Entertainment News

Nigerian actor Samuel Abiola Robinson alleges racial discrimination by his Kerala producers

Samuel Abiola Robinson stars in the Malayalam film ‘Sudani from Nigeria’ that was released on March 23.

Nigerian actor Samuel Abiola Robinson, the lead in the March 23 release Sudani from Nigeria, took to Facebook on Saturday to allege that he has been racially discriminated against by the producers of his film.

Directed by Zakariya Mohammed, the Malayalam drama stars Robinson as Samuel, a football player who becomes part of a club in Kerala ahead of a seven-a-side football match. Soubin Shahir plays the role of Majeed, Samuel’s manager. Made on a low budget, the film has received glowing praise and has been faring well at the ticket counters, according to reports.

In his first Facebook post, Robinson claimed that he was underpaid for his role, which he attributed to racial discrimination.

“The producers offered me far less money than Indian actors who are not half as popular, experienced or accomplished as i am would normally earn,” Robinson wrote. “I only became better enlightened after meeting with several young actors and discussing payment with them. I am of the opinion that this happened purely because of my skin colour and the assumption that all Africans are poor and don’t know the value of money.”

Sudani from Nigeria.

Later, in a video uploaded on his Instagram profile, Robinson revealed that while his investigation showed that newcomers in Malayalam films are paid between Rs 10 and 20 lakhs, he had been paid “much, much less” than Rs five lakhs. Robinson did not reveal the exact amount of his salary.

Robinson also claimed that he had been promised more than his salary if Sudani from Nigeria was a success, but that he now believed that he had been lied to. He wrote that he was manipulated into committing five months to the project, including for promotional activities. However, he praised his director, Mohammed, adding that he could only do so much since he was not financing the movie himself.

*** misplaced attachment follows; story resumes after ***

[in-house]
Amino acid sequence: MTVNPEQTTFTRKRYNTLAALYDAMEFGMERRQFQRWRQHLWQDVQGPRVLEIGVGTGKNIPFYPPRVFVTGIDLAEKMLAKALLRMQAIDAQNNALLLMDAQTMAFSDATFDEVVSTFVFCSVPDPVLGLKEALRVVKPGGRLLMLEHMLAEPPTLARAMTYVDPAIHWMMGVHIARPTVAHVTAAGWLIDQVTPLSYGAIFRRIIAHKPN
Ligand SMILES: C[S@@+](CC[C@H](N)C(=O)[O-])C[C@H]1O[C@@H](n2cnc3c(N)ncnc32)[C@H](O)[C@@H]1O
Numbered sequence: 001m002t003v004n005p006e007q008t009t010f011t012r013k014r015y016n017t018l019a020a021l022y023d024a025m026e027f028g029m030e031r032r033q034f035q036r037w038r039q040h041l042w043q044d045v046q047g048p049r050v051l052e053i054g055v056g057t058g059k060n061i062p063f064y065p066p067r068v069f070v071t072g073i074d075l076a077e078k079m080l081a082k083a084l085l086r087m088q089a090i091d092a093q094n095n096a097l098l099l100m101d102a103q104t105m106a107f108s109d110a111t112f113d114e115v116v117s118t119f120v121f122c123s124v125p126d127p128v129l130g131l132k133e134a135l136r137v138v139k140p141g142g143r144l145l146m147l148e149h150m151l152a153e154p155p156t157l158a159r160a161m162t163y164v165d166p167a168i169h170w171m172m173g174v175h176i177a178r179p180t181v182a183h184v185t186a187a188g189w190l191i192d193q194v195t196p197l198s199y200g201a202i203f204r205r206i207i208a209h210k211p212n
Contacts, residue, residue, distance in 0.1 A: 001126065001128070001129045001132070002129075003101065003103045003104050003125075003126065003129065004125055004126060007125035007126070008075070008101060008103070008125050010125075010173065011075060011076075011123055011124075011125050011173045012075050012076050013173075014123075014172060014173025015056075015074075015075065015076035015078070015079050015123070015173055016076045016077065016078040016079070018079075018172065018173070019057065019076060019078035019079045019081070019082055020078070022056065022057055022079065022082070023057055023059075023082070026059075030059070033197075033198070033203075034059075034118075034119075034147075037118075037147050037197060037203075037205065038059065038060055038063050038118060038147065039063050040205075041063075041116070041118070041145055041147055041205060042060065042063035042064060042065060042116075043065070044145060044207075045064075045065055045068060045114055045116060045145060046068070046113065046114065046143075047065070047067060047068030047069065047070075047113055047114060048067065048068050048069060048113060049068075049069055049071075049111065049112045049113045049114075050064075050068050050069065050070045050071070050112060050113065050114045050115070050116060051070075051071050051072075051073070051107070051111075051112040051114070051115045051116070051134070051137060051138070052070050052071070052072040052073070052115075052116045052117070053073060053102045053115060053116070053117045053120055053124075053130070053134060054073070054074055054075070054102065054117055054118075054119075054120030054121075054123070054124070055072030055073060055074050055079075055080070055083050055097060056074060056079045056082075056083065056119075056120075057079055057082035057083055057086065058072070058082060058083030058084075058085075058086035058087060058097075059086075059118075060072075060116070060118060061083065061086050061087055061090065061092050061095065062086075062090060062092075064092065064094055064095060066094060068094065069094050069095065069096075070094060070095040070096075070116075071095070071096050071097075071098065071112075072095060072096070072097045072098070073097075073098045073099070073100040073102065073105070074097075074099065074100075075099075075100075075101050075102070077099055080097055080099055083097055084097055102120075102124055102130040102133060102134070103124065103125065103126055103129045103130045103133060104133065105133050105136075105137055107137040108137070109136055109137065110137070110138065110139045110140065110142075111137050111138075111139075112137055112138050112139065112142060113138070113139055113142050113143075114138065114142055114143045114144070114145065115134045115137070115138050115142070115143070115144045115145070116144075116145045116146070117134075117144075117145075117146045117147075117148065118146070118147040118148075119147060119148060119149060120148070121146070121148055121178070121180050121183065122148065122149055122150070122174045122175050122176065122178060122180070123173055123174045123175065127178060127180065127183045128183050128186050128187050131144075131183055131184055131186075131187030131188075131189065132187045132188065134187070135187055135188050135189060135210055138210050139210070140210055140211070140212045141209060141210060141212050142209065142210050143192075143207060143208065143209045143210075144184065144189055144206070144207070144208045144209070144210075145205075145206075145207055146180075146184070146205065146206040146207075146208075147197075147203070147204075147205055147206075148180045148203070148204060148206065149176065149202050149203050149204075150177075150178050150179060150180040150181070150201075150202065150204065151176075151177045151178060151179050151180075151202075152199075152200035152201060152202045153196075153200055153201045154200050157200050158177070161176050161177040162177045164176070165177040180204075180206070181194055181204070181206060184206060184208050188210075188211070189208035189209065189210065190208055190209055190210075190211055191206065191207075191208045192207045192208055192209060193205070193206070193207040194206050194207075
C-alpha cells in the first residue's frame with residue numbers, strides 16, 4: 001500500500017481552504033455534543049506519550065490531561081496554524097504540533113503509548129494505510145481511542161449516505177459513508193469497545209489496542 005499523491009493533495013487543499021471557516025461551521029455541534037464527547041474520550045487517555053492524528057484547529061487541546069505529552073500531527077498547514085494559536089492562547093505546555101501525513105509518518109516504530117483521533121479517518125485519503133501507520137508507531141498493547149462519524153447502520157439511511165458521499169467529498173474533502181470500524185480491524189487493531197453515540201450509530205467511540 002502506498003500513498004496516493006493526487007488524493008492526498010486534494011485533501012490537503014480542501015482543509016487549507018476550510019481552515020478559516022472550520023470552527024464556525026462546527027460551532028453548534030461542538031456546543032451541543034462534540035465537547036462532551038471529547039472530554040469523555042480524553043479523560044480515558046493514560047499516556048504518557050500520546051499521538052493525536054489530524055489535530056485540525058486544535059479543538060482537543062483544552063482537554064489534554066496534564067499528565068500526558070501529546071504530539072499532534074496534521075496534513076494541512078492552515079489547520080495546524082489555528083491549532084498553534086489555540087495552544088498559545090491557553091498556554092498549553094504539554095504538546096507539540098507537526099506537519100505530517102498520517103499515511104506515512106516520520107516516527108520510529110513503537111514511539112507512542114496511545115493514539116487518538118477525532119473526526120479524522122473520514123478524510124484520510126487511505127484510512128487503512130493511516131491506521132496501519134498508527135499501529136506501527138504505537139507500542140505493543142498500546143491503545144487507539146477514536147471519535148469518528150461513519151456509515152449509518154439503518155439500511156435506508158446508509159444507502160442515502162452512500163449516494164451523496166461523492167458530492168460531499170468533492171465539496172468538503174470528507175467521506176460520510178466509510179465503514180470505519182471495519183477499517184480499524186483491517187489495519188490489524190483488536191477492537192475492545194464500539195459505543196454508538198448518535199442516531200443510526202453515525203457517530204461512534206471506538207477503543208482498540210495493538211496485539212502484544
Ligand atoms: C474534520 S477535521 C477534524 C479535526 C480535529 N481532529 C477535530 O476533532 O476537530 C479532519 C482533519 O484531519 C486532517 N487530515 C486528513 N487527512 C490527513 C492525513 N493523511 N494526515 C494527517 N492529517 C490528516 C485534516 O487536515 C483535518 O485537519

Robinson’s Facebook post drew criticism from Indian Facebook users, who rejected the allegation of racial discrimination and pointed out that he had been adequately paid according to the scope of his role and the film’s budget.

In a second Facebook post, Robinson clarified his comments while reiterating that “even the least experienced Indian newcomer” in a Malayalam film would be paid more than him.

“I was paid far less than the Malayalam newcomers are normally paid, this is factual. I accepted this amount less than my usual quote in Nigeria because I was under the impression that it was a very small budget independent movie. Several citations off the internet confirm that this movie was, in fact, moderately budgeted. I have wholeheartedly supported the promotion of the movie in expectation of a positive financial compensation before returning to Nigeria as was promised. The movie has already nearly doubled its budget at the box office in just seven days due to the successful promotions. I do not think that Kerala people are racist as I experienced no such racist treatment from the general Kerala public. I very much enjoyed my stay in Kerala, the culture, the biryani and all.”

— Samuel Abiola Robinson.

Robinson has acted in three films so far, including Sudani from Nigeria. He has been a part of African television productions such as Desperate Housewives Africa and MTV Shuga. In 2016, Robinson made news for alleging that the producers of his debut film, 8 Bars & A Clef, did not pay him for an extra day of work and then sidelined him from the promotions.